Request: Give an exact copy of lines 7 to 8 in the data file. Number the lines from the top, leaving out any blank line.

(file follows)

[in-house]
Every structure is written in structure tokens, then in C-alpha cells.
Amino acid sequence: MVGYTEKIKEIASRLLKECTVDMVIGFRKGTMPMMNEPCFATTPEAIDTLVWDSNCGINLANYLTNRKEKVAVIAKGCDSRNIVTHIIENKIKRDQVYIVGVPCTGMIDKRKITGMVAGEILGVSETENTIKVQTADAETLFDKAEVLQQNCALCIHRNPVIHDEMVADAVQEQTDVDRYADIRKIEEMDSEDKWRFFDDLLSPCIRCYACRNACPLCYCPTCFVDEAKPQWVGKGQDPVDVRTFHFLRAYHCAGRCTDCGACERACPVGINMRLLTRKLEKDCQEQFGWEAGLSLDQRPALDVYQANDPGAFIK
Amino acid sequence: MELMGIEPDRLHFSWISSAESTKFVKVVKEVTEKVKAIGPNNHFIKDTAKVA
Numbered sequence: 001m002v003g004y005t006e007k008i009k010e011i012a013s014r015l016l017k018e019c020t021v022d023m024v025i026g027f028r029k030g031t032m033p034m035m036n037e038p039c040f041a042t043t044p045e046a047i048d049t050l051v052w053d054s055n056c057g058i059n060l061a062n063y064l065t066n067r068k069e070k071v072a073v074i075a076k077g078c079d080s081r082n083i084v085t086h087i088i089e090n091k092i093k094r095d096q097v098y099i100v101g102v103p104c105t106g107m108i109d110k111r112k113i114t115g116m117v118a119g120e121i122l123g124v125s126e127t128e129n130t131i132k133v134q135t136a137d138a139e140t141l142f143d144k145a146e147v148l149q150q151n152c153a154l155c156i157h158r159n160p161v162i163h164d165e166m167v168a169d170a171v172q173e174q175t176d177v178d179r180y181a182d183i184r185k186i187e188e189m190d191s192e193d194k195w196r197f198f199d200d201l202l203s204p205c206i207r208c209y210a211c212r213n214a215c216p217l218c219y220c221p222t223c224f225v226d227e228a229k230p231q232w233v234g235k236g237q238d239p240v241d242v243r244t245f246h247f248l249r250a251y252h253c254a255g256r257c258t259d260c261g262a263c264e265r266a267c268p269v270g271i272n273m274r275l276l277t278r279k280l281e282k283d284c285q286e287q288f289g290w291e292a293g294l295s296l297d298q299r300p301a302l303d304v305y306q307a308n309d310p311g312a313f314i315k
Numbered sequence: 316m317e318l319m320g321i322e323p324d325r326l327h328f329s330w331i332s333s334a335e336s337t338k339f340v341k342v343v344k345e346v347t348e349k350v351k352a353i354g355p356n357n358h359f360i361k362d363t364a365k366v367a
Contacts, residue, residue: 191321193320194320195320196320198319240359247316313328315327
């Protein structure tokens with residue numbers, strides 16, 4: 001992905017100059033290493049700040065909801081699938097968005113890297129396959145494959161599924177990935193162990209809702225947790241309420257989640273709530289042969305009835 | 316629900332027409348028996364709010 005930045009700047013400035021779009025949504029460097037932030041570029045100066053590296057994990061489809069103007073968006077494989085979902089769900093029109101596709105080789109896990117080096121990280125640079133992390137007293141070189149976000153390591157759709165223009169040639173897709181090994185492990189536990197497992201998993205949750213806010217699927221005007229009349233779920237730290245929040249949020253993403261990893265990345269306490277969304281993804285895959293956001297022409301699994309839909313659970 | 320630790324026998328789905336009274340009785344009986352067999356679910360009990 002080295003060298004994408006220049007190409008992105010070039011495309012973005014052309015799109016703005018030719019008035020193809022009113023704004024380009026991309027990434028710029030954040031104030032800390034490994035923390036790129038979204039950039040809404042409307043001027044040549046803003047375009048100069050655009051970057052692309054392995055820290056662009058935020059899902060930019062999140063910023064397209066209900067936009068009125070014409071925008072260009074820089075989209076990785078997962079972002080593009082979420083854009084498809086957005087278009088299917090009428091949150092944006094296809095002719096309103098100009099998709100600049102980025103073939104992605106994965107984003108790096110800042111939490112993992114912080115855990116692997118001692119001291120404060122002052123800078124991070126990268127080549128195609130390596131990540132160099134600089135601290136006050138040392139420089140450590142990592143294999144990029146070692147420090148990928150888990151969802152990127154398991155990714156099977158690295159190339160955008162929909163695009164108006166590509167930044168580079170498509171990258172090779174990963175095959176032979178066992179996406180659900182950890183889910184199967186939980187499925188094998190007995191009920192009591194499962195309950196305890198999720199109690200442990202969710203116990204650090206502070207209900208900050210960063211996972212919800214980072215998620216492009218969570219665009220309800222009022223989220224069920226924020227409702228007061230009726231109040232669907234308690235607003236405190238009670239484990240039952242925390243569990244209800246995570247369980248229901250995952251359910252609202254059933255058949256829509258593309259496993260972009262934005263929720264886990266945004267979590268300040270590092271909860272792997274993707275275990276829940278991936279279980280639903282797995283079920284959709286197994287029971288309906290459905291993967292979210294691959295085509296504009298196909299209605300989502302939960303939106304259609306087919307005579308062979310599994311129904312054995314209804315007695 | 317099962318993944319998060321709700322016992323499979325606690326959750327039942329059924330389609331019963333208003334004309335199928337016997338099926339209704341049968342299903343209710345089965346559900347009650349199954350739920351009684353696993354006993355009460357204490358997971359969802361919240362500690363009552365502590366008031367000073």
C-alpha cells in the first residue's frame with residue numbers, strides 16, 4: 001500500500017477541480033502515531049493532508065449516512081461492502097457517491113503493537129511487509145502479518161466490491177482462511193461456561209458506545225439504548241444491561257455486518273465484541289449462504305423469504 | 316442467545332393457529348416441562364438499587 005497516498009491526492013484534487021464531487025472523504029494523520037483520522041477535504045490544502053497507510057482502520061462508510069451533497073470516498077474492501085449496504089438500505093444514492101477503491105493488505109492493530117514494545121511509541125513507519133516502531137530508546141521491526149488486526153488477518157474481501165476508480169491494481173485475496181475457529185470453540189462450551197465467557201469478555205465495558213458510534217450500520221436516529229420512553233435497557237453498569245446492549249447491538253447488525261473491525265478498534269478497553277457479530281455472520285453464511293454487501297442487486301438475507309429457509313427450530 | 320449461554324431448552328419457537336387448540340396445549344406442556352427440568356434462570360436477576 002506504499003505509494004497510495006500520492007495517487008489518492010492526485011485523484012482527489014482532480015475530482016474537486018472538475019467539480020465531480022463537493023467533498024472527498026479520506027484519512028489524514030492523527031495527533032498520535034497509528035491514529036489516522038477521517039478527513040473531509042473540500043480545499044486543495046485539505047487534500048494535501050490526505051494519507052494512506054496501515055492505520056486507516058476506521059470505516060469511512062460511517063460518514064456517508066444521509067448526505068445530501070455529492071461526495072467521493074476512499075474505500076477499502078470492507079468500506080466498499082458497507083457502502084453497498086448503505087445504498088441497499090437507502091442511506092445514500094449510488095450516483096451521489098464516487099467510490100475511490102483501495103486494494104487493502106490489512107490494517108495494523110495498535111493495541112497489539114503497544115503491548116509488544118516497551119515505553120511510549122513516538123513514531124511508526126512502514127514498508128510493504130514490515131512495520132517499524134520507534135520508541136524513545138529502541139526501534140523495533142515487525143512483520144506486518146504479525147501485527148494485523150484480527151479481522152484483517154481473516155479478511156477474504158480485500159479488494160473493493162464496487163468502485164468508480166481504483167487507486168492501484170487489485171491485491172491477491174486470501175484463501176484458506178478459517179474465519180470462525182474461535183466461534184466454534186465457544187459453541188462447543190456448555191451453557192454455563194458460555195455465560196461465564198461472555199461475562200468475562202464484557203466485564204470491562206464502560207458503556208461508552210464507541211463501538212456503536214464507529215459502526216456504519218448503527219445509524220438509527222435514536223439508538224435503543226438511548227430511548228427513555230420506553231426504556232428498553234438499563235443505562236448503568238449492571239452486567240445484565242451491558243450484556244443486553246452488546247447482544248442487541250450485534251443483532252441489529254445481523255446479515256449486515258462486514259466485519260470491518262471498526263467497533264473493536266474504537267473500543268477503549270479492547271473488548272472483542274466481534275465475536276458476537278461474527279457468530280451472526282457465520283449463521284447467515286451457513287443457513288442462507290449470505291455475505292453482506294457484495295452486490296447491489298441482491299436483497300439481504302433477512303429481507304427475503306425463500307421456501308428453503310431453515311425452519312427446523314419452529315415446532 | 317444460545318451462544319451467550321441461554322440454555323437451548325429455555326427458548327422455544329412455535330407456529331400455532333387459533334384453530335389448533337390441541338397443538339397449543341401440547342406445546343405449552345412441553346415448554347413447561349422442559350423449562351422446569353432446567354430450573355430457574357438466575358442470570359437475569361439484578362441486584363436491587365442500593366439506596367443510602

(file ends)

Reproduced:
Contacts, residue, residue: 191321193320194320195320196320198319240359247316313328315327
């Protein structure tokens with residue numbers, strides 16, 4: 001992905017100059033290493049700040065909801081699938097968005113890297129396959145494959161599924177990935193162990209809702225947790241309420257989640273709530289042969305009835 | 316629900332027409348028996364709010 005930045009700047013400035021779009025949504029460097037932030041570029045100066053590296057994990061489809069103007073968006077494989085979902089769900093029109101596709105080789109896990117080096121990280125640079133992390137007293141070189149976000153390591157759709165223009169040639173897709181090994185492990189536990197497992201998993205949750213806010217699927221005007229009349233779920237730290245929040249949020253993403261990893265990345269306490277969304281993804285895959293956001297022409301699994309839909313659970 | 320630790324026998328789905336009274340009785344009986352067999356679910360009990 002080295003060298004994408006220049007190409008992105010070039011495309012973005014052309015799109016703005018030719019008035020193809022009113023704004024380009026991309027990434028710029030954040031104030032800390034490994035923390036790129038979204039950039040809404042409307043001027044040549046803003047375009048100069050655009051970057052692309054392995055820290056662009058935020059899902060930019062999140063910023064397209066209900067936009068009125070014409071925008072260009074820089075989209076990785078997962079972002080593009082979420083854009084498809086957005087278009088299917090009428091949150092944006094296809095002719096309103098100009099998709100600049102980025103073939104992605106994965107984003108790096110800042111939490112993992114912080115855990116692997118001692119001291120404060122002052123800078124991070126990268127080549128195609130390596131990540132160099134600089135601290136006050138040392139420089140450590142990592143294999144990029146070692147420090148990928150888990151969802152990127154398991155990714156099977158690295159190339160955008162929909163695009164108006166590509167930044168580079170498509171990258172090779174990963175095959176032979178066992179996406180659900182950890183889910184199967186939980187499925188094998190007995191009920192009591194499962195309950196305890198999720199109690200442990202969710203116990204650090206502070207209900208900050210960063211996972212919800214980072215998620216492009218969570219665009220309800222009022223989220224069920226924020227409702228007061230009726231109040232669907234308690235607003236405190238009670239484990240039952242925390243569990244209800246995570247369980248229901250995952251359910252609202254059933255058949256829509258593309259496993260972009262934005263929720264886990266945004267979590268300040270590092271909860272792997274993707275275990276829940278991936279279980280639903282797995283079920284959709286197994287029971288309906290459905291993967292979210294691959295085509296504009298196909299209605300989502302939960303939106304259609306087919307005579308062979310599994311129904312054995314209804315007695 | 317099962318993944319998060321709700322016992323499979325606690326959750327039942329059924330389609331019963333208003334004309335199928337016997338099926339209704341049968342299903343209710345089965346559900347009650349199954350739920351009684353696993354006993355009460357204490358997971359969802361919240362500690363009552365502590366008031367000073």